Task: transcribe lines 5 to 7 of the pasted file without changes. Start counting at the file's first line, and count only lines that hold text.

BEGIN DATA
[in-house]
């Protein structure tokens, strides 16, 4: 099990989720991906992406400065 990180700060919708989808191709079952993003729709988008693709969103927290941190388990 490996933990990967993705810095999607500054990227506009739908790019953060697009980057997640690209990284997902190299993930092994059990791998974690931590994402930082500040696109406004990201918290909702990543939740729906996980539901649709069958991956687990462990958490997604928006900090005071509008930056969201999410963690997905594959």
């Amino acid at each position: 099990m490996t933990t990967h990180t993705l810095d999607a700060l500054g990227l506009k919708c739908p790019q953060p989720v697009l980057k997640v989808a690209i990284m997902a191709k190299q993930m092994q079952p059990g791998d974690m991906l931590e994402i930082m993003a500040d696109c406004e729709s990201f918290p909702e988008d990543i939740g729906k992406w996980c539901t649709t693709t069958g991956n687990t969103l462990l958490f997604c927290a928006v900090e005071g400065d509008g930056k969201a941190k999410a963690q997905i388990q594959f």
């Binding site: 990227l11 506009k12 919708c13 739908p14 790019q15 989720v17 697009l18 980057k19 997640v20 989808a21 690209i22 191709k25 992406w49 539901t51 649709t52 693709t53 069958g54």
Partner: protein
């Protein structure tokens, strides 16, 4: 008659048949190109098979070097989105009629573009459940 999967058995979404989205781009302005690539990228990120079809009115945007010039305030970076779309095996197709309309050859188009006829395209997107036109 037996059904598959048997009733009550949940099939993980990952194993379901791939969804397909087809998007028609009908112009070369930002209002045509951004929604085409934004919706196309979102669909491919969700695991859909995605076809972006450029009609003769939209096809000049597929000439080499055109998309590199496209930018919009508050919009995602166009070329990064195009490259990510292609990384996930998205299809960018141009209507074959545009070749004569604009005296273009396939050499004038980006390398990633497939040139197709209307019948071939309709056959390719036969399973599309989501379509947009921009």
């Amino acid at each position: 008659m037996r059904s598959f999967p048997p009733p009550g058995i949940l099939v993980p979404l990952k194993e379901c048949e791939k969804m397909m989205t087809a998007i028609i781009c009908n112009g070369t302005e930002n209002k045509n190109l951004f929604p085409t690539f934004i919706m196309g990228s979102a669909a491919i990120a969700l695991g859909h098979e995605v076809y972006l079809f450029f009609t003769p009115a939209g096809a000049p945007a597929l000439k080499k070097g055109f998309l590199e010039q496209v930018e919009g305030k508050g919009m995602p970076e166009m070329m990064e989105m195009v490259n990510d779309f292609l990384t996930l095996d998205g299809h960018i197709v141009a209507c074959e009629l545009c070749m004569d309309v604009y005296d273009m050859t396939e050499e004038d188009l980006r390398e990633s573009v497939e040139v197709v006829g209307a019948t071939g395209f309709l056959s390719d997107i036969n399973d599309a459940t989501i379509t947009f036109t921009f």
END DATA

Partner: protein
């Protein structure tokens, strides 16, 4: 008659048949190109098979070097989105009629573009459940 999967058995979404989205781009302005690539990228990120079809009115945007010039305030970076779309095996197709309309050859188009006829395209997107036109 037996059904598959048997009733009550949940099939993980990952194993379901791939969804397909087809998007028609009908112009070369930002209002045509951004929604085409934004919706196309979102669909491919969700695991859909995605076809972006450029009609003769939209096809000049597929000439080499055109998309590199496209930018919009508050919009995602166009070329990064195009490259990510292609990384996930998205299809960018141009209507074959545009070749004569604009005296273009396939050499004038980006390398990633497939040139197709209307019948071939309709056959390719036969399973599309989501379509947009921009």
């Amino acid at each position: 008659m037996r059904s598959f999967p048997p009733p009550g058995i949940l099939v993980p979404l990952k194993e379901c048949e791939k969804m397909m989205t087809a998007i028609i781009c009908n112009g070369t302005e930002n209002k045509n190109l951004f929604p085409t690539f934004i919706m196309g990228s979102a669909a491919i990120a969700l695991g859909h098979e995605v076809y972006l079809f450029f009609t003769p009115a939209g096809a000049p945007a597929l000439k080499k070097g055109f998309l590199e010039q496209v930018e919009g305030k508050g919009m995602p970076e166009m070329m990064e989105m195009v490259n990510d779309f292609l990384t996930l095996d998205g299809h960018i197709v141009a209507c074959e009629l545009c070749m004569d309309v604009y005296d273009m050859t396939e050499e004038d188009l980006r390398e990633s573009v497939e040139v197709v006829g209307a019948t071939g395209f309709l056959s390719d997107i036969n399973d599309a459940t989501i379509t947009f036109t921009f």